Organic and conventional farmers successfully live and work side by side despite their different cultivation techniques. Leaders at the Ohio Department of Agriculture (ODA) hope improvements to the Ohio Sensitive Crop Registry will increase participation and help these neighbors continue to be respectful of each other’s crops.
ODA began the service in 2014 as an online mapping program to identify areas where people keep beehives or produce specialty or organic crops, according to Jared Shaffer, plant health inspector. Growers enter their locations into the program, making it easy for pesticide applicators to locate sensitive areas before spraying.
Sensitive Crops Require Communication and Awareness
“It’s essentially a communication and awareness tool for the applicators to try to minimize unintentional damage into these areas,” says Shaffer, who manages the data side of the program.
New in 2018 is a partnership with FieldWatch, a national collaborative originally developed by Purdue University. Launched in 2008, the nonprofit company currently works in 19 states and one Canadian province, promoting communications between pesticide applicators, beekeepers and growers of sensitive crops.
READ MORE: How FieldWatch Protects Pollinators
“The beauty of this system is the fact that this is voluntary,” says Stephanie Regagnon, president and CEO of FieldWatch. “It is not a regulatory enforcement program. But people need to participate. It’s these types of programs that will allow our industry to continue with our freedom to operate, and it also increases neighbor relations, and that’s a good thing for our industry.”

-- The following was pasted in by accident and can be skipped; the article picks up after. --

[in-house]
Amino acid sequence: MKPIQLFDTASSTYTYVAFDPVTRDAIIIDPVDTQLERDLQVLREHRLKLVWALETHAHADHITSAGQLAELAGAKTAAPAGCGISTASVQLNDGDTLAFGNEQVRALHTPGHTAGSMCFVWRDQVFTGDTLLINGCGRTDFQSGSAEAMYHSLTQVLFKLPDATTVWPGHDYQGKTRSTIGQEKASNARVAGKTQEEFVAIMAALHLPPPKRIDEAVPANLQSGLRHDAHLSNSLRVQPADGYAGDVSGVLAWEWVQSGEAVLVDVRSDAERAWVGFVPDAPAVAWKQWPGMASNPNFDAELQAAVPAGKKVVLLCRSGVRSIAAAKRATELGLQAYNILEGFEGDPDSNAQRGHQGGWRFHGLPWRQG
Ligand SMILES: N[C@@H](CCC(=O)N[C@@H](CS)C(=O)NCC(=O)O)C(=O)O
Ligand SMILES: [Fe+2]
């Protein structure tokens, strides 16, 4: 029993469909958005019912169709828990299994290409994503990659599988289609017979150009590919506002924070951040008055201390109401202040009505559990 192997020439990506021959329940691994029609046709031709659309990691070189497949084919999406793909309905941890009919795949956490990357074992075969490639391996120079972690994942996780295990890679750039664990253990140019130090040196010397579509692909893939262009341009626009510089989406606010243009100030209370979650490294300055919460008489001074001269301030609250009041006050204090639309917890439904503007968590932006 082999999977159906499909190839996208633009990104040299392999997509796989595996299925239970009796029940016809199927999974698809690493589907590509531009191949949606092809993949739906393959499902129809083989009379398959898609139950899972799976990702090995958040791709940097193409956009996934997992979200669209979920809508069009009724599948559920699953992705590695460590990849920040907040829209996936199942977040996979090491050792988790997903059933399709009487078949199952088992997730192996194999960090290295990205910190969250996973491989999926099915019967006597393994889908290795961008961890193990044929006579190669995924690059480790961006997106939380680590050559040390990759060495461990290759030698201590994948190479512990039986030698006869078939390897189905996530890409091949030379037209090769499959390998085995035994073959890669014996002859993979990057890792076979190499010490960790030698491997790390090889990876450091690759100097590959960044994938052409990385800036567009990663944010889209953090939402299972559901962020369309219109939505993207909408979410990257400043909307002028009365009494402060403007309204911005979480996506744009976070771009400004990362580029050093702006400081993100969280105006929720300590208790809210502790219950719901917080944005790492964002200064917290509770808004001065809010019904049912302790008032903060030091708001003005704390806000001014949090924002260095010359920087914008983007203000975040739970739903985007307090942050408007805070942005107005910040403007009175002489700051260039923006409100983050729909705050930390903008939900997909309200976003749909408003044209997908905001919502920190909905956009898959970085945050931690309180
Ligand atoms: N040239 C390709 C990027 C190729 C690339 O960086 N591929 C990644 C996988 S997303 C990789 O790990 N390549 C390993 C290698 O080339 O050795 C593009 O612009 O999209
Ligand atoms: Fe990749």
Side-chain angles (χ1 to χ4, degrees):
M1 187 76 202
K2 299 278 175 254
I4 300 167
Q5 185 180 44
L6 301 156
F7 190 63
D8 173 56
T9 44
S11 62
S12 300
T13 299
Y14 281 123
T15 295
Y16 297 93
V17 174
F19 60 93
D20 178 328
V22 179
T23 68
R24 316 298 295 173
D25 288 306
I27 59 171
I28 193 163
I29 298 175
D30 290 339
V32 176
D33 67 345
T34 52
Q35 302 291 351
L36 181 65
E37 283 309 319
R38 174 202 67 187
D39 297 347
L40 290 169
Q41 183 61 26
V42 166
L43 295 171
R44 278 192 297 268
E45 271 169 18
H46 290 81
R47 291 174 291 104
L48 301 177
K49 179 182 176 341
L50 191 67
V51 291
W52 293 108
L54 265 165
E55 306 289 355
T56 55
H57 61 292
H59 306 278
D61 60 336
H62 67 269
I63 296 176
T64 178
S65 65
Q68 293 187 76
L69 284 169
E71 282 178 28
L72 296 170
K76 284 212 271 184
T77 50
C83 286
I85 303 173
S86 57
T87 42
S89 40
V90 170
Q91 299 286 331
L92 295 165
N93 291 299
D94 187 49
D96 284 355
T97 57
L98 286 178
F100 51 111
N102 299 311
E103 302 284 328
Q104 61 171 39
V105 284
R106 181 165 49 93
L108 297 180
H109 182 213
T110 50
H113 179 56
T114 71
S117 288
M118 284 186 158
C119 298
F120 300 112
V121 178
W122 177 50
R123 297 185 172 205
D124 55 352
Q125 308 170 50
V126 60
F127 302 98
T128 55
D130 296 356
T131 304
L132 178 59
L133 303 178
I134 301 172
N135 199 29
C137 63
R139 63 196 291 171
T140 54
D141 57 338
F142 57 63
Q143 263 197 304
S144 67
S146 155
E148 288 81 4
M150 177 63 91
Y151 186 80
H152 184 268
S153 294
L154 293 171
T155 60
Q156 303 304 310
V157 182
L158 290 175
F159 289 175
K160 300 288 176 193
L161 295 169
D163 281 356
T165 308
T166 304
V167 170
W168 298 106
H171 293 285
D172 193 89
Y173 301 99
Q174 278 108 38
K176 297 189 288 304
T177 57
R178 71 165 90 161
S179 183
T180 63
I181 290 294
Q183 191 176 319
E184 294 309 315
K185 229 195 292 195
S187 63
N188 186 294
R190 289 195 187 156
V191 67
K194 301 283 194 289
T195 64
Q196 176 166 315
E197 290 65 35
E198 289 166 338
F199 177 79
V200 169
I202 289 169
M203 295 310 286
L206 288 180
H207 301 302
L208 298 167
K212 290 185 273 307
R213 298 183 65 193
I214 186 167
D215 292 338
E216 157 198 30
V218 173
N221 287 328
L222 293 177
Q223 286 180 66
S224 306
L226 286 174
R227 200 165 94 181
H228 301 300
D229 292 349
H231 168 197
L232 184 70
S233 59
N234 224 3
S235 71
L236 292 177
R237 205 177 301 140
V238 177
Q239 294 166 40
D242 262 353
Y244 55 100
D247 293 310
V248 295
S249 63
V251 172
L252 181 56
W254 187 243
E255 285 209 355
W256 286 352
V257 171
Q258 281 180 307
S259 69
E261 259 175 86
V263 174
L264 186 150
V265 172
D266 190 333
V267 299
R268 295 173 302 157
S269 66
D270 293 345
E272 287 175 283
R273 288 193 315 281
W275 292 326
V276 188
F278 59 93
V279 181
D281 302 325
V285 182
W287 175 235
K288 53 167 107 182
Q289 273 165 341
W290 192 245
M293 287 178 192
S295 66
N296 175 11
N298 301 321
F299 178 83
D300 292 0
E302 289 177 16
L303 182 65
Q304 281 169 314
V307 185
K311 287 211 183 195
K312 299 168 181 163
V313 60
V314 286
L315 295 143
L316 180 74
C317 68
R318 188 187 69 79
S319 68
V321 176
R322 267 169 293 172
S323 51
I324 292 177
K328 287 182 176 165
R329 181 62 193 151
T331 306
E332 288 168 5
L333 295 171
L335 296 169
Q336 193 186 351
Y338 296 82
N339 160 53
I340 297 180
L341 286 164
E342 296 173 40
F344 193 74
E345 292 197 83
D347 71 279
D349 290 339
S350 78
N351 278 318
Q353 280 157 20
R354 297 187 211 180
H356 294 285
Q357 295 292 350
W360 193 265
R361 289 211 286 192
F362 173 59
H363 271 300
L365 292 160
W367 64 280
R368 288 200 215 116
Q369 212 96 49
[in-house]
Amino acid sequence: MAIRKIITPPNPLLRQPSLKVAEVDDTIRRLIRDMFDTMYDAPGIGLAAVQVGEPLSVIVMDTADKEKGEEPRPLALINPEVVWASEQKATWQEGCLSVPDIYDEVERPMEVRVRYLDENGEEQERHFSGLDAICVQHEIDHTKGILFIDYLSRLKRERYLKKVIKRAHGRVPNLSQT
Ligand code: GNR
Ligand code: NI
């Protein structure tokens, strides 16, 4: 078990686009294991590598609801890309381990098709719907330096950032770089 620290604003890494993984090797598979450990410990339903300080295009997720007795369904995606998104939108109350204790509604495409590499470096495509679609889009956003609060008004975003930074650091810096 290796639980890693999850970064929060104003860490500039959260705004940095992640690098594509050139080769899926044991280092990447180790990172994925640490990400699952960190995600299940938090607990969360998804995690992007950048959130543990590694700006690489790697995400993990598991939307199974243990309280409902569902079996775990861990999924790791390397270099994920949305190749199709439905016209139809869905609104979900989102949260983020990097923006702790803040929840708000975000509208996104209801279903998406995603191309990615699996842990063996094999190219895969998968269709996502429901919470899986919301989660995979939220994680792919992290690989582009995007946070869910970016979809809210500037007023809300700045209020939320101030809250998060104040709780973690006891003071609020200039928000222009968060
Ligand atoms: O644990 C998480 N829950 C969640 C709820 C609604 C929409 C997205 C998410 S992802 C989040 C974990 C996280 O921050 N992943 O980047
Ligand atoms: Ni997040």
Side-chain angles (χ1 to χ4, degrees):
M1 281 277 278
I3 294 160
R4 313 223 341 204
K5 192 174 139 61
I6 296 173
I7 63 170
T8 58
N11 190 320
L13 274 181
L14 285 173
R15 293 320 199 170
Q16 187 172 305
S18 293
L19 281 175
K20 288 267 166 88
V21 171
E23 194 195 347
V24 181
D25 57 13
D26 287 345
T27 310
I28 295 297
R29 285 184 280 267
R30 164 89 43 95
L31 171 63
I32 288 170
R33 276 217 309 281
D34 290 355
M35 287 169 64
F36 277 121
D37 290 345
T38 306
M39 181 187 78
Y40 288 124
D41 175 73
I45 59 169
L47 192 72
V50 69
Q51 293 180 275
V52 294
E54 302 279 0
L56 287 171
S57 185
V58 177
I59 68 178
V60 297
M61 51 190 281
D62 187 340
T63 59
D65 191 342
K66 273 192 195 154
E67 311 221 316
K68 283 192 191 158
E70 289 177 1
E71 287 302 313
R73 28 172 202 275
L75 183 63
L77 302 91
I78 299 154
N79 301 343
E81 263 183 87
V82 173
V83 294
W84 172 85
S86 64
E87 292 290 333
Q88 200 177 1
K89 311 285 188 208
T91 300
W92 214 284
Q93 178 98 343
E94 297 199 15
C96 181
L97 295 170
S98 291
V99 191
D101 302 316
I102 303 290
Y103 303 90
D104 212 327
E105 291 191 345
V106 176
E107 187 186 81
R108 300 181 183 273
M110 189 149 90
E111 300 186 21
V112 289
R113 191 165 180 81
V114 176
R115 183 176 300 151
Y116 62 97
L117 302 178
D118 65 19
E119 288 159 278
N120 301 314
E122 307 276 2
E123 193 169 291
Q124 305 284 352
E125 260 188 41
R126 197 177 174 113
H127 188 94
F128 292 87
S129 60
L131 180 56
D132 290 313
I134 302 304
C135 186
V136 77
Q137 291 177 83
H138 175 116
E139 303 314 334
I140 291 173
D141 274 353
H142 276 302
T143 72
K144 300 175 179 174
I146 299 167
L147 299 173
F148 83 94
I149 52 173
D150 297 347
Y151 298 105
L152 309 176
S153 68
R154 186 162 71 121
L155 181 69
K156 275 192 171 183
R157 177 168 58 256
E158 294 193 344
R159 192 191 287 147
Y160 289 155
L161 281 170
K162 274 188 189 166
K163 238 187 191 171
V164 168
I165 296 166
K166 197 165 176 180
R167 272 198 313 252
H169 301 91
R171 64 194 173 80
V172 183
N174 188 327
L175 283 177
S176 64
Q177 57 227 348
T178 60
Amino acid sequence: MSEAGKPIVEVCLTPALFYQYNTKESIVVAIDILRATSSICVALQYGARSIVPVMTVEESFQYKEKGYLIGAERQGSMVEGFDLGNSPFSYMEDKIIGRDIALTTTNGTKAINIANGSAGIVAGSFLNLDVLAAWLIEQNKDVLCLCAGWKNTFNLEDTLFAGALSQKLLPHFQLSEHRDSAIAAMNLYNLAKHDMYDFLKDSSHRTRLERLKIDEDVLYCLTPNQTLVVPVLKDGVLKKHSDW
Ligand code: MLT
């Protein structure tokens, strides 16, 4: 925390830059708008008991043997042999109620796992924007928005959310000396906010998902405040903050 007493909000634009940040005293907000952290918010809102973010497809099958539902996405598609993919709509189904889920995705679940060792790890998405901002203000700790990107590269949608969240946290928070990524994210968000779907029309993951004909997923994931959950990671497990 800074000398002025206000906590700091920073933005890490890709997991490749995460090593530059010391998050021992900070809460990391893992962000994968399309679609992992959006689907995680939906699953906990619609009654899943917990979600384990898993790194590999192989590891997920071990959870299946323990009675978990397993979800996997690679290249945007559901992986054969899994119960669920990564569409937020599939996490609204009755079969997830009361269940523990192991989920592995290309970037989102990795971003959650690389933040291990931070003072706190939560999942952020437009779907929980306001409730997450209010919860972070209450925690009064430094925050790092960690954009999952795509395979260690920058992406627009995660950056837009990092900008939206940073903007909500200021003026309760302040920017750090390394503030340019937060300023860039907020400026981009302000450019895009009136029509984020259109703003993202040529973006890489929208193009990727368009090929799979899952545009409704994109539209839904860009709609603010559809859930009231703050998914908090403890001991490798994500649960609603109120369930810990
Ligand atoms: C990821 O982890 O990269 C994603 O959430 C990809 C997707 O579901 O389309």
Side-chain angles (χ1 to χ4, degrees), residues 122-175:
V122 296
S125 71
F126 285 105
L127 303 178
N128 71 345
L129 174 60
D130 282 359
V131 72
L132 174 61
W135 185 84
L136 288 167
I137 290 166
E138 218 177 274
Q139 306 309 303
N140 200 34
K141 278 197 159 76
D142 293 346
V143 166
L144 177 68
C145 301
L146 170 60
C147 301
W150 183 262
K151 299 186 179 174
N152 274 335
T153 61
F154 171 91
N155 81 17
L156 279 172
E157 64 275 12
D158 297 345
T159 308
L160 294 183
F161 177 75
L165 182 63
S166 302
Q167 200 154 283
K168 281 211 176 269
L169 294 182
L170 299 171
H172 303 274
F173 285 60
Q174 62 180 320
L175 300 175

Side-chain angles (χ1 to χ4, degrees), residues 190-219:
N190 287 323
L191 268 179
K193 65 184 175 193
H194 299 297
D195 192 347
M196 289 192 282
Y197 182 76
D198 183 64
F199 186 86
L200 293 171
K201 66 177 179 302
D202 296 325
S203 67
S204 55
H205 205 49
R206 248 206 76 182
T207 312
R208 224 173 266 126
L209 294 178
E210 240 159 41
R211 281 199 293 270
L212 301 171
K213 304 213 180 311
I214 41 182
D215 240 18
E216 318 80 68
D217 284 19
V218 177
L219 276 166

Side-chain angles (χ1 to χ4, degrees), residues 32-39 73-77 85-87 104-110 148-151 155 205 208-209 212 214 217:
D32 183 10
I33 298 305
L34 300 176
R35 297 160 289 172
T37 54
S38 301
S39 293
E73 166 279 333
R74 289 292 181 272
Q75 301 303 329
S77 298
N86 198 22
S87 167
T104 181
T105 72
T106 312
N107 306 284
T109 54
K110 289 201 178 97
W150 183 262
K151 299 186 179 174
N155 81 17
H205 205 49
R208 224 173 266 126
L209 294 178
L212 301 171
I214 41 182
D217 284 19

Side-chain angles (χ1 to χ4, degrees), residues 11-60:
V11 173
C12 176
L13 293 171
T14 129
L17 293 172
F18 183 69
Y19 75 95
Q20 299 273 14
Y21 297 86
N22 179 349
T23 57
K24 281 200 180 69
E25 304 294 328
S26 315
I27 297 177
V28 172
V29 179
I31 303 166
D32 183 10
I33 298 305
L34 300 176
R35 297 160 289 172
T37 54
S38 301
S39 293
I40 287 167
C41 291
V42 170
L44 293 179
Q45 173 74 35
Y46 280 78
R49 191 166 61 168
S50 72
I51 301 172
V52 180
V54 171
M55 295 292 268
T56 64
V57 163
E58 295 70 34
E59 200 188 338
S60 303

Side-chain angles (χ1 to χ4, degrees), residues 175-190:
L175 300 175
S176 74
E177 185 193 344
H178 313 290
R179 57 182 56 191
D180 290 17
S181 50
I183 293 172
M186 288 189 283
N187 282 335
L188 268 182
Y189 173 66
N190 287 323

The FieldWatch partnership offers added benefits not previously available in Ohio. Shaffer says the registry is now more user-friendly and streamlined to align with other states that also offer it. The basic tools are still free for all users, like streaming real-time data to equipment in the field. FieldWatch also offers signs for purchase to mark sensitive areas.
How FieldWatch Connects Farmers and Beekeepers
Beekeepers and growers can access the system at any time to add or remove locations and make needed changes. ODA validates each location, but users manage the information themselves. Shaffer notes that both commercial and hobbyist beekeepers are encouraged to participate, but the program is intended for commercial agriculture only. It does not include private gardens or residential landscaping areas, but instead is limited to operations growing more than a half-acre of a single crop.
Regagnon says FieldWatch has experienced exponential growth in the past few years and as for measuring outcomes, anecdotal evidence is positive. For example, one large tomato processor working in Ohio, Michigan and Indiana says drift claims have gone down by 80 percent over the eight years they’ve participated.
Cooperation and collaboration will continue to improve this program and user experiences in the coming years.